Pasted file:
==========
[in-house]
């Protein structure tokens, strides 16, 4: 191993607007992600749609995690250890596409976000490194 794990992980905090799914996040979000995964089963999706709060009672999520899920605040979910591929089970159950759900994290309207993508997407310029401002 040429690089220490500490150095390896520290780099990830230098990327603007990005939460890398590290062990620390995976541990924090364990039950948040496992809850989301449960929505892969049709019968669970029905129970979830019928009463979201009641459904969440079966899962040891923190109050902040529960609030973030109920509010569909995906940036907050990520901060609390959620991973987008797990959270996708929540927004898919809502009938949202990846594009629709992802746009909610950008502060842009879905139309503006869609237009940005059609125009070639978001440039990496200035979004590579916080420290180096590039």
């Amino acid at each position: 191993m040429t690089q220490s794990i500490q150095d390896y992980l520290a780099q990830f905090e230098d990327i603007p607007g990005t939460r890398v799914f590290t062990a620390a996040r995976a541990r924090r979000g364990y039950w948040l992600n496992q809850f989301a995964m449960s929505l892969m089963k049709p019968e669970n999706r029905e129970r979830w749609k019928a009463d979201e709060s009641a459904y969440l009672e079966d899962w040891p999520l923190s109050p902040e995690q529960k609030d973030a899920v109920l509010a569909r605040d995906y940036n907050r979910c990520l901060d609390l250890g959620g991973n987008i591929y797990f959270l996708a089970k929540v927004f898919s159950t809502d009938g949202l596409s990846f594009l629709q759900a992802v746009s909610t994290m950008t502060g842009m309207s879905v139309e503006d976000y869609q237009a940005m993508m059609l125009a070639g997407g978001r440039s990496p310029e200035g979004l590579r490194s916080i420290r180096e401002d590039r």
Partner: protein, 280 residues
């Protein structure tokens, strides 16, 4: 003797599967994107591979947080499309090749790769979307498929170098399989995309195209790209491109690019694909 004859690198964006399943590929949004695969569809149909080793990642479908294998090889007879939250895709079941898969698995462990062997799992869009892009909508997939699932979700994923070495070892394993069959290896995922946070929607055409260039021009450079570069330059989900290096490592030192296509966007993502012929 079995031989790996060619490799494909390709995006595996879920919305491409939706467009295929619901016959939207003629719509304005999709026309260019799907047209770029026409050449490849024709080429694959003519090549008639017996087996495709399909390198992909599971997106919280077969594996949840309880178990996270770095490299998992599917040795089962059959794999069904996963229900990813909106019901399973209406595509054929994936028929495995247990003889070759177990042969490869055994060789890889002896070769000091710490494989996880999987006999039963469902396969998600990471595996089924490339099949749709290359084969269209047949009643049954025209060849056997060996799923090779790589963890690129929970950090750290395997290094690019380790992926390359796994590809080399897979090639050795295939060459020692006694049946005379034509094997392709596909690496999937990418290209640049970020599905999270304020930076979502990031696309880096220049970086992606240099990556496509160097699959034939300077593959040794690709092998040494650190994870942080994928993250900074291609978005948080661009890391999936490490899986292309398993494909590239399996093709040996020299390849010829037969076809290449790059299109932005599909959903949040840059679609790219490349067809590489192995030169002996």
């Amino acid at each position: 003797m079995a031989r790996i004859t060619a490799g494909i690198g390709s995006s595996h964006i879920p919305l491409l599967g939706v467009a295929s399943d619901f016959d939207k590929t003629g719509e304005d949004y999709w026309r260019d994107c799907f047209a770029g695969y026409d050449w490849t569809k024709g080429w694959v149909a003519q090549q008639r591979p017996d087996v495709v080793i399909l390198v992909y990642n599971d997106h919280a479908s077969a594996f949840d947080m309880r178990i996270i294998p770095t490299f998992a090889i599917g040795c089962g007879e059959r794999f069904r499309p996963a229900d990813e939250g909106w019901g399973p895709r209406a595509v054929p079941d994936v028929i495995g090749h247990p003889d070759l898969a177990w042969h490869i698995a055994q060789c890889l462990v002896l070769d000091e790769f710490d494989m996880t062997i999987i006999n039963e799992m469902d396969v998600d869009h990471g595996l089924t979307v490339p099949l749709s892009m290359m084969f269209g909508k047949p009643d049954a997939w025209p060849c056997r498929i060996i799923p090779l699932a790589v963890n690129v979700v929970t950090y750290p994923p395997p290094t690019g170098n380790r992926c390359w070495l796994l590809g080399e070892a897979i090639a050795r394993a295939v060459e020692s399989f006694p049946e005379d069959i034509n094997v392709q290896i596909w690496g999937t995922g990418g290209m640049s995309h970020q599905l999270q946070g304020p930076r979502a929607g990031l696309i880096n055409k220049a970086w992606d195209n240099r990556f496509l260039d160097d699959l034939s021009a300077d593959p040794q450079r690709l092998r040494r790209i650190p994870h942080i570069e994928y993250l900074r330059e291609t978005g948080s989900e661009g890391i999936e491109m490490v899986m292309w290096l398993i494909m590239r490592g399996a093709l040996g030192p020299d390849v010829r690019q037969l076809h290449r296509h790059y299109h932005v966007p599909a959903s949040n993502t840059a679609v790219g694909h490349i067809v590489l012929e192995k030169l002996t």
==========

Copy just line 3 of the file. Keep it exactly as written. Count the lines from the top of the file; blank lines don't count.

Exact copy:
């Amino acid at each position: 191993m040429t690089q220490s794990i500490q150095d390896y992980l520290a780099q990830f905090e230098d990327i603007p607007g990005t939460r890398v799914f590290t062990a620390a996040r995976a541990r924090r979000g364990y039950w948040l992600n496992q809850f989301a995964m449960s929505l892969m089963k049709p019968e669970n999706r029905e129970r979830w749609k019928a009463d979201e709060s009641a459904y969440l009672e079966d899962w040891p999520l923190s109050p902040e995690q529960k609030d973030a899920v109920l509010a569909r605040d995906y940036n907050r979910c990520l901060d609390l250890g959620g991973n987008i591929y797990f959270l996708a089970k929540v927004f898919s159950t809502d009938g949202l596409s990846f594009l629709q759900a992802v746009s909610t994290m950008t502060g842009m309207s879905v139309e503006d976000y869609q237009a940005m993508m059609l125009a070639g997407g978001r440039s990496p310029e200035g979004l590579r490194s916080i420290r180096e401002d590039r």